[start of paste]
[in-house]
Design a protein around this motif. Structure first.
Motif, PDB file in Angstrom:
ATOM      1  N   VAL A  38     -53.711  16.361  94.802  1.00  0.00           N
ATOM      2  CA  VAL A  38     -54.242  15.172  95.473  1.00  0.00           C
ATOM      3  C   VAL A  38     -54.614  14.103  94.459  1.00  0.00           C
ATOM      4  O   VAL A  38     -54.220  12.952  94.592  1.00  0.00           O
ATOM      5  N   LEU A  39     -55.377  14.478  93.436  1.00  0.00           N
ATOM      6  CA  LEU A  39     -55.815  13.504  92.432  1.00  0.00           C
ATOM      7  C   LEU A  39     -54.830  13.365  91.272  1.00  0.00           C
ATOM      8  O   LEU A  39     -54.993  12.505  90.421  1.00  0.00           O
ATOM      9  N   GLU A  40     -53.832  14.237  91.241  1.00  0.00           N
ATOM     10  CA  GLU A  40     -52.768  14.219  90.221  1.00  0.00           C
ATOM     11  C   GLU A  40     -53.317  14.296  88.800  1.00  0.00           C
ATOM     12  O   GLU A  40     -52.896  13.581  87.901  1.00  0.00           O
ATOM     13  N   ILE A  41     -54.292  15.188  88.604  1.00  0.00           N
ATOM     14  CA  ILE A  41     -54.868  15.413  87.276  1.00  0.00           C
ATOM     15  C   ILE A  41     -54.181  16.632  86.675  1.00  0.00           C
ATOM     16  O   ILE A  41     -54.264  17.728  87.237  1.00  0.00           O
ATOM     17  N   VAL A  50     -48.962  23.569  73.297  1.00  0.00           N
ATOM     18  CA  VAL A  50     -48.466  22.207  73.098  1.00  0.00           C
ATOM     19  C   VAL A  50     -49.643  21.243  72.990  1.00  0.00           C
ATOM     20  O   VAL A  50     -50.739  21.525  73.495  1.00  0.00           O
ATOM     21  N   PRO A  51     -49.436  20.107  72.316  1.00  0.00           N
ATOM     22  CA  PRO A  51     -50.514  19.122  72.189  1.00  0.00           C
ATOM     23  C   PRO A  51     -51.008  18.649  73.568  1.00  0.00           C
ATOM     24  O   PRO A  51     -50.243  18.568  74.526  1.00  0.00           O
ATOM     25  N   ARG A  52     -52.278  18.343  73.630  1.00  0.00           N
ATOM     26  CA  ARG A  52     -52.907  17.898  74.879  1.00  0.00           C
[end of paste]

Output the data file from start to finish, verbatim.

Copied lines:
[in-house]
Design a protein around this motif. Structure first.
Motif, PDB file in Angstrom:
ATOM      1  N   VAL A  38     -53.711  16.361  94.802  1.00  0.00           N
ATOM      2  CA  VAL A  38     -54.242  15.172  95.473  1.00  0.00           C
ATOM      3  C   VAL A  38     -54.614  14.103  94.459  1.00  0.00           C
ATOM      4  O   VAL A  38     -54.220  12.952  94.592  1.00  0.00           O
ATOM      5  N   LEU A  39     -55.377  14.478  93.436  1.00  0.00           N
ATOM      6  CA  LEU A  39     -55.815  13.504  92.432  1.00  0.00           C
ATOM      7  C   LEU A  39     -54.830  13.365  91.272  1.00  0.00           C
ATOM      8  O   LEU A  39     -54.993  12.505  90.421  1.00  0.00           O
ATOM      9  N   GLU A  40     -53.832  14.237  91.241  1.00  0.00           N
ATOM     10  CA  GLU A  40     -52.768  14.219  90.221  1.00  0.00           C
ATOM     11  C   GLU A  40     -53.317  14.296  88.800  1.00  0.00           C
ATOM     12  O   GLU A  40     -52.896  13.581  87.901  1.00  0.00           O
ATOM     13  N   ILE A  41     -54.292  15.188  88.604  1.00  0.00           N
ATOM     14  CA  ILE A  41     -54.868  15.413  87.276  1.00  0.00           C
ATOM     15  C   ILE A  41     -54.181  16.632  86.675  1.00  0.00           C
ATOM     16  O   ILE A  41     -54.264  17.728  87.237  1.00  0.00           O
ATOM     17  N   VAL A  50     -48.962  23.569  73.297  1.00  0.00           N
ATOM     18  CA  VAL A  50     -48.466  22.207  73.098  1.00  0.00           C
ATOM     19  C   VAL A  50     -49.643  21.243  72.990  1.00  0.00           C
ATOM     20  O   VAL A  50     -50.739  21.525  73.495  1.00  0.00           O
ATOM     21  N   PRO A  51     -49.436  20.107  72.316  1.00  0.00           N
ATOM     22  CA  PRO A  51     -50.514  19.122  72.189  1.00  0.00           C
ATOM     23  C   PRO A  51     -51.008  18.649  73.568  1.00  0.00           C
ATOM     24  O   PRO A  51     -50.243  18.568  74.526  1.00  0.00           O
ATOM     25  N   ARG A  52     -52.278  18.343  73.630  1.00  0.00           N
ATOM     26  CA  ARG A  52     -52.907  17.898  74.879  1.00  0.00           C